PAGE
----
Insomnia by Sarah Pinborough – Book review

Insomnia by thriller-writer-with-a-supernatural-twist Sarah Pinborough absolutely does what it says on the tin – if you start reading this in the evening you won’t be going to sleep anytime soon. Definitely sitting in psychological thriller territory, Insomnia perfectly builds up tension, shows the power of gaslighting and delivers a reality shift for lead character, Emma.

Opening sentence: The other car comes out of nowhere.

I can’t get no sleep

On the face of it, Emma has a great life: a successful career as a lawyer, a husband, Robert and two children, Chloe and Will. However her inability to sleep is really messing with her mind.

Emma and her older sister Phoebe grew up in foster care after a traumatic incident saw their mother committed to a psychiatric facility on her 40th birthday. Now, in the fortnight before her own 40th birthday, Emma finds she is struggling to sleep and is starting to fear that the ‘bad blood’ that caused her mother to lose her grip on reality is going to affect her too.

Emma’s insomnia causes blackouts, makes her doubt her actions, makes her question everything and when the police become involved, make her wonder what she is really capable of. Running through the background is her desire to protect her children from what she believes is a credible threat to them – but is there someone after her family or is it her mother’s ‘bad blood’ running through her veins?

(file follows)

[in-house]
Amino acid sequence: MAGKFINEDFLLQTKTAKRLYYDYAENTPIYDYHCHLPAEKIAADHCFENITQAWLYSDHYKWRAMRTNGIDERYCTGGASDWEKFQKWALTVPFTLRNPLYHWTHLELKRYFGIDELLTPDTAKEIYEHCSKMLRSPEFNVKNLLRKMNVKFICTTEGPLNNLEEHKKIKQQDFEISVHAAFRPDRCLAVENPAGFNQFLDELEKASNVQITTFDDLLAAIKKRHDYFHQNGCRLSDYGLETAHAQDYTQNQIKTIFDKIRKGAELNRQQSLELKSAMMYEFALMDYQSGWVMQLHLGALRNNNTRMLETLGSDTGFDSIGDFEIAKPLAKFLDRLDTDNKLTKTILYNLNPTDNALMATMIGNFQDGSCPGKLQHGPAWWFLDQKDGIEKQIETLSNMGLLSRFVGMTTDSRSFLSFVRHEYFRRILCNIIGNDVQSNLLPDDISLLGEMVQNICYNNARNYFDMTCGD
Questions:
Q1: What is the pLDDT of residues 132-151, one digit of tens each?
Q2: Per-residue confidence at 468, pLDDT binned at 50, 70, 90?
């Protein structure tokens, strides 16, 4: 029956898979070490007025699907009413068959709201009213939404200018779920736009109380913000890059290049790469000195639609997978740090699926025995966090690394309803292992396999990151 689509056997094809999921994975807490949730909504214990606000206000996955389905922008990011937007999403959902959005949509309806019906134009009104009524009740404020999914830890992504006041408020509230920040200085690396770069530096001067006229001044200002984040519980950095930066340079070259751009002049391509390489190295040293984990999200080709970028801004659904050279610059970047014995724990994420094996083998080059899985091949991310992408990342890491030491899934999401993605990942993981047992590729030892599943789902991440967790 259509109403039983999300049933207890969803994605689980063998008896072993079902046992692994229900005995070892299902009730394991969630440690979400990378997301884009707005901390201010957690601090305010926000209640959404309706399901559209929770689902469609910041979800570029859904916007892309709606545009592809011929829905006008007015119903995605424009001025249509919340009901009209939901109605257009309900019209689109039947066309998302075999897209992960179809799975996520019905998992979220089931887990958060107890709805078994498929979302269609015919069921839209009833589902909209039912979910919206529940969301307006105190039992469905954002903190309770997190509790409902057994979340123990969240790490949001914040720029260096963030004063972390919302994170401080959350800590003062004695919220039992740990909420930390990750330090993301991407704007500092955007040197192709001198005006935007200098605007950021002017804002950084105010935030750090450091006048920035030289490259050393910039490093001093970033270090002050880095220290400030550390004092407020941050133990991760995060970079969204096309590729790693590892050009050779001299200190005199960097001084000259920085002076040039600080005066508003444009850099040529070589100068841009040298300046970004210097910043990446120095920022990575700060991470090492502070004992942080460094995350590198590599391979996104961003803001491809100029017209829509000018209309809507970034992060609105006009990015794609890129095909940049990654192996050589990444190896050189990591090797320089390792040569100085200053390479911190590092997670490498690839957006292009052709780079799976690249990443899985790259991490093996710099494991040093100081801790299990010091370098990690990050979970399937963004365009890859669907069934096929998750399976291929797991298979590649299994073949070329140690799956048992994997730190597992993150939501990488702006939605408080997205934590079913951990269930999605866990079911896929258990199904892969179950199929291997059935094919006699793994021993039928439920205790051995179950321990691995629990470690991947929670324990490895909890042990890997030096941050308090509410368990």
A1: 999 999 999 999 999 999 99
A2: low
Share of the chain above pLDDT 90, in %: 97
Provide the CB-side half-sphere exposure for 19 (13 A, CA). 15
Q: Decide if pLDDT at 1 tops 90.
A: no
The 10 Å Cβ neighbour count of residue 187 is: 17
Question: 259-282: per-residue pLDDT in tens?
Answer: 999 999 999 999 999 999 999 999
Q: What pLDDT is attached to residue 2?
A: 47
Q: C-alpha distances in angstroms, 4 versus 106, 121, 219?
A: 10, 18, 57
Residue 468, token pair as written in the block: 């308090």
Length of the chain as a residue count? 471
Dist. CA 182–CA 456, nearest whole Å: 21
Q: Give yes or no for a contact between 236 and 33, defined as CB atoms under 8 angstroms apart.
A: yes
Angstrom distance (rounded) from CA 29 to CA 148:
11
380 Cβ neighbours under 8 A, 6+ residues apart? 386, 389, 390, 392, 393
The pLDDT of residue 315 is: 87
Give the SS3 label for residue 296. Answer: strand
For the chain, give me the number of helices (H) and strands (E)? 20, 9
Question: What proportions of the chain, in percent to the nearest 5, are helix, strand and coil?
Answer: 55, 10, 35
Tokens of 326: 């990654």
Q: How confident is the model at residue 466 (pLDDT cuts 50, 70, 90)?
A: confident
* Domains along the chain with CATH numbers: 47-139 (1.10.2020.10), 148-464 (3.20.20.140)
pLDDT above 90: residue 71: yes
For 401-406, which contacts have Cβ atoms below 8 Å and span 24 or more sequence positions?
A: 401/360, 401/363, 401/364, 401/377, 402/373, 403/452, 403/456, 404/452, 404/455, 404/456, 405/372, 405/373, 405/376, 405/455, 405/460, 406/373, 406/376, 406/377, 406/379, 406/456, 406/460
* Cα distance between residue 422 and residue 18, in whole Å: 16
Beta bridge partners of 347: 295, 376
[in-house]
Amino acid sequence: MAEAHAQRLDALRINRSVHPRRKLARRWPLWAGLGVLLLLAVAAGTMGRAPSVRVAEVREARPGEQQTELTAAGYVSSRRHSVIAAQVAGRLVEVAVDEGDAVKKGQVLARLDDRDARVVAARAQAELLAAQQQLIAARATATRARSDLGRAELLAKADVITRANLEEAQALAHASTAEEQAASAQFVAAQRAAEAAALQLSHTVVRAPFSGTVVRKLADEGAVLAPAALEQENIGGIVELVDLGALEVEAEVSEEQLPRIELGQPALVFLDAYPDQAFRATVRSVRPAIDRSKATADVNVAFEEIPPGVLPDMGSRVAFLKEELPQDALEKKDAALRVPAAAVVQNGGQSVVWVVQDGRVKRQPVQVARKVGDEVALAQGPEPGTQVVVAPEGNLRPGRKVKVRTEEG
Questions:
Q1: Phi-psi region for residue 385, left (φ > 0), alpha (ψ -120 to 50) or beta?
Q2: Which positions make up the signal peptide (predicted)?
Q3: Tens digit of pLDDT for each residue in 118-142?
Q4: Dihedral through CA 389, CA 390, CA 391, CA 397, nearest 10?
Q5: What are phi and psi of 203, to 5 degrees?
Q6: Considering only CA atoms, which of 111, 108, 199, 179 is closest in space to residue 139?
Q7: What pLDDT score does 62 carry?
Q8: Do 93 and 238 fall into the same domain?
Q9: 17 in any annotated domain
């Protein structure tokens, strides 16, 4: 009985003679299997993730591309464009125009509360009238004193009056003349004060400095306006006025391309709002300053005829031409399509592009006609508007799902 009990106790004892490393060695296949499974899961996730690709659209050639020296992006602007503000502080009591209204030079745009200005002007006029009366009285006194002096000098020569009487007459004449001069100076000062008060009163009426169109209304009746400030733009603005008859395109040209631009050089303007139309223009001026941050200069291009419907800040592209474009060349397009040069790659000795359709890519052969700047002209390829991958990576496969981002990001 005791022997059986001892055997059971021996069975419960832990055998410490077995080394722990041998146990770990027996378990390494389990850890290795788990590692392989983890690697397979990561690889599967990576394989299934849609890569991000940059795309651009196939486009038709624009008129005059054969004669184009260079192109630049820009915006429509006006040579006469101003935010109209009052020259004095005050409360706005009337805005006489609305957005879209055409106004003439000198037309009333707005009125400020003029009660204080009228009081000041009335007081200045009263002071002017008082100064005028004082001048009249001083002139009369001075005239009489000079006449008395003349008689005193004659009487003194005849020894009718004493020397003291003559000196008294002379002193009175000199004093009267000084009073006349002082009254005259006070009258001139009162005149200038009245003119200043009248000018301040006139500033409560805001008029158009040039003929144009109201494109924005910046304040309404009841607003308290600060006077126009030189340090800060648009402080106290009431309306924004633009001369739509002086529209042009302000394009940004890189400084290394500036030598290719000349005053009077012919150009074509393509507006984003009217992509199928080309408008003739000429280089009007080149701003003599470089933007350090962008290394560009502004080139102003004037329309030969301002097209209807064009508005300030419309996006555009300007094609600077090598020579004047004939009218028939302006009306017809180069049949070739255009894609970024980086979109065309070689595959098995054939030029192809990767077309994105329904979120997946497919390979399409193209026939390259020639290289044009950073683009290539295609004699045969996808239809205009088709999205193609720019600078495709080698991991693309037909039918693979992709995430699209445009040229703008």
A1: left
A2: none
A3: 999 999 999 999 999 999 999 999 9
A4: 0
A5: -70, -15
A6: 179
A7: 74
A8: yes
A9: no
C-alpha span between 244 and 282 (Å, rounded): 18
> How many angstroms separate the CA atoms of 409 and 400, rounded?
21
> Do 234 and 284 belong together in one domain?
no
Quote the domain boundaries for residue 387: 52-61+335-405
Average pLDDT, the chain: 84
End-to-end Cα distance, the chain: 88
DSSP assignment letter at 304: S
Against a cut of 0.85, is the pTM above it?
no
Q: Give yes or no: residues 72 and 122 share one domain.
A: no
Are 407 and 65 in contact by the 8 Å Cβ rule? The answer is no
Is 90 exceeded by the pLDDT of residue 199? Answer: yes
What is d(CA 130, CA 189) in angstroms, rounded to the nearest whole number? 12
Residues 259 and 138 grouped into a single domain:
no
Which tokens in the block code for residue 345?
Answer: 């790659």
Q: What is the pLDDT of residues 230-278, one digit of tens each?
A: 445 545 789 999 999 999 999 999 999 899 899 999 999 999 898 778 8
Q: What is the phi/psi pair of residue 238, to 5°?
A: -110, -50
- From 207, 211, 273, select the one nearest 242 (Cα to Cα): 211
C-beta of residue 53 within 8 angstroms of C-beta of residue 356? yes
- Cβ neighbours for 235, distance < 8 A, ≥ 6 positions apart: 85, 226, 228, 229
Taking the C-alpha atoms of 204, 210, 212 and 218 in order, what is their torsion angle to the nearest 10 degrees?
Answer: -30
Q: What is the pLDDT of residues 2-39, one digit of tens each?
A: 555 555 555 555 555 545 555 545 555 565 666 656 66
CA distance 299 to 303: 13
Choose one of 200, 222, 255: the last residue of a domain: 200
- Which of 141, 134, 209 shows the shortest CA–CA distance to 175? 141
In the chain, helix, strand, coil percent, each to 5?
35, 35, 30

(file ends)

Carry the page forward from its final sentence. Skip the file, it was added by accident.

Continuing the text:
Why is the past always so much more alive at night? Ghosts, spirits, ghouls. Memories.

Suspend your disbelief

I haven’t read any other books by this author but I did watch the adaptation of Behind her Eyes (a previous Sarah Pinborough novel) on Netflix. I felt a little blind-sided with the story pacing of that as a TV series – perhaps in the book it was more seamless but the show felt a little gimmicky. So, while I was on the lookout for supernatural elements in Insomnia, I was very pleased that they felt far more natural within the story.

As with any story that brings in elements like that, a suspension of disbelief is a must to truly give yourself over to the spirit of the book, which I did here due to the brilliant pacing. It was both repetitive and fast flowing, we were brought so well into Emma’s paranoid state, often feeling as stressed as her while she desperately tried to figure out what was happening.

I very much enjoyed Insomnia, it kept me guessing and I whizzed through it – I always like a psychological thriller that throws an off-beat twist into the mix.

If you like the sound of this, you might also enjoy Daisy Darker by Alice Feeney or Himself by Jess Kidd.

Rating: 4 out of 5.

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